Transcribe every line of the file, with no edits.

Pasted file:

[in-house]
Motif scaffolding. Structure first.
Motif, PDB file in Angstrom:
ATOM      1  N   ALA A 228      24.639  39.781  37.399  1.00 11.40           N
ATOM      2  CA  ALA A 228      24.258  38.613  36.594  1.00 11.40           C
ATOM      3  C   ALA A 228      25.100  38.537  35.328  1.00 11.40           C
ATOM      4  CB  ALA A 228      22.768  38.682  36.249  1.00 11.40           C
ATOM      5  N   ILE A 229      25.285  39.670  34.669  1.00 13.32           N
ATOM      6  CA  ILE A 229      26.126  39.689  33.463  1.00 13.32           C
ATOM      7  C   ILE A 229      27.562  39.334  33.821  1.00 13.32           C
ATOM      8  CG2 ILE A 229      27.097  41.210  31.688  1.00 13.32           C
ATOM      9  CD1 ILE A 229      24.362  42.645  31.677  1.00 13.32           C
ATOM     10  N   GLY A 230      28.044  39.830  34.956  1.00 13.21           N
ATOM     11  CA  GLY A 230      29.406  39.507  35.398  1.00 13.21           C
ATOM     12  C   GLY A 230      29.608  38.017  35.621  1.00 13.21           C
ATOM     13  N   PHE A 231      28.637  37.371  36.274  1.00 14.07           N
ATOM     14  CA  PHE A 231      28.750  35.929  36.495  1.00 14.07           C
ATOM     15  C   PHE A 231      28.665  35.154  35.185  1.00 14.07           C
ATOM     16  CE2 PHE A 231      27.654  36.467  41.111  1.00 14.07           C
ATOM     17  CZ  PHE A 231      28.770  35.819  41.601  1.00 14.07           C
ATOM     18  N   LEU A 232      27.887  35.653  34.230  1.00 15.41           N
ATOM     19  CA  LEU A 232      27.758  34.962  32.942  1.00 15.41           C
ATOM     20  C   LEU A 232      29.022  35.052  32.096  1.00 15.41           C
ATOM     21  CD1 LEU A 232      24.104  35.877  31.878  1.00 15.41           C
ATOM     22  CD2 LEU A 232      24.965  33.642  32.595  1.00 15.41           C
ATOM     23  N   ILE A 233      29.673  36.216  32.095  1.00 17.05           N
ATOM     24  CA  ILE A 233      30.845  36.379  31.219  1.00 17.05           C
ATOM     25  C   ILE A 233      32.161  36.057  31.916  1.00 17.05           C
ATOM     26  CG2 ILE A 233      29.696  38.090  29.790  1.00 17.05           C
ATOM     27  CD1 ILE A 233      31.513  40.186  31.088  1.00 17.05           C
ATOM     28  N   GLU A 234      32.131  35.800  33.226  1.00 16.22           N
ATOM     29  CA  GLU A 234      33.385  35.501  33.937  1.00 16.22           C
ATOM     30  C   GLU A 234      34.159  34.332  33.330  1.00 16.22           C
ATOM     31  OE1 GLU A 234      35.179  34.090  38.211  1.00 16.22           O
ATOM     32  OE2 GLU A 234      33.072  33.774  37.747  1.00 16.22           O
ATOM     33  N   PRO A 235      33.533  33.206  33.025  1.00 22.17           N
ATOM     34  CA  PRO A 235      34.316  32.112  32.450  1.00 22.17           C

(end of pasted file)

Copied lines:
[in-house]
Motif scaffolding. Structure first.
Motif, PDB file in Angstrom:
ATOM      1  N   ALA A 228      24.639  39.781  37.399  1.00 11.40           N
ATOM      2  CA  ALA A 228      24.258  38.613  36.594  1.00 11.40           C
ATOM      3  C   ALA A 228      25.100  38.537  35.328  1.00 11.40           C
ATOM      4  CB  ALA A 228      22.768  38.682  36.249  1.00 11.40           C
ATOM      5  N   ILE A 229      25.285  39.670  34.669  1.00 13.32           N
ATOM      6  CA  ILE A 229      26.126  39.689  33.463  1.00 13.32           C
ATOM      7  C   ILE A 229      27.562  39.334  33.821  1.00 13.32           C
ATOM      8  CG2 ILE A 229      27.097  41.210  31.688  1.00 13.32           C
ATOM      9  CD1 ILE A 229      24.362  42.645  31.677  1.00 13.32           C
ATOM     10  N   GLY A 230      28.044  39.830  34.956  1.00 13.21           N
ATOM     11  CA  GLY A 230      29.406  39.507  35.398  1.00 13.21           C
ATOM     12  C   GLY A 230      29.608  38.017  35.621  1.00 13.21           C
ATOM     13  N   PHE A 231      28.637  37.371  36.274  1.00 14.07           N
ATOM     14  CA  PHE A 231      28.750  35.929  36.495  1.00 14.07           C
ATOM     15  C   PHE A 231      28.665  35.154  35.185  1.00 14.07           C
ATOM     16  CE2 PHE A 231      27.654  36.467  41.111  1.00 14.07           C
ATOM     17  CZ  PHE A 231      28.770  35.819  41.601  1.00 14.07           C
ATOM     18  N   LEU A 232      27.887  35.653  34.230  1.00 15.41           N
ATOM     19  CA  LEU A 232      27.758  34.962  32.942  1.00 15.41           C
ATOM     20  C   LEU A 232      29.022  35.052  32.096  1.00 15.41           C
ATOM     21  CD1 LEU A 232      24.104  35.877  31.878  1.00 15.41           C
ATOM     22  CD2 LEU A 232      24.965  33.642  32.595  1.00 15.41           C
ATOM     23  N   ILE A 233      29.673  36.216  32.095  1.00 17.05           N
ATOM     24  CA  ILE A 233      30.845  36.379  31.219  1.00 17.05           C
ATOM     25  C   ILE A 233      32.161  36.057  31.916  1.00 17.05           C
ATOM     26  CG2 ILE A 233      29.696  38.090  29.790  1.00 17.05           C
ATOM     27  CD1 ILE A 233      31.513  40.186  31.088  1.00 17.05           C
ATOM     28  N   GLU A 234      32.131  35.800  33.226  1.00 16.22           N
ATOM     29  CA  GLU A 234      33.385  35.501  33.937  1.00 16.22           C
ATOM     30  C   GLU A 234      34.159  34.332  33.330  1.00 16.22           C
ATOM     31  OE1 GLU A 234      35.179  34.090  38.211  1.00 16.22           O
ATOM     32  OE2 GLU A 234      33.072  33.774  37.747  1.00 16.22           O
ATOM     33  N   PRO A 235      33.533  33.206  33.025  1.00 22.17           N
ATOM     34  CA  PRO A 235      34.316  32.112  32.450  1.00 22.17           C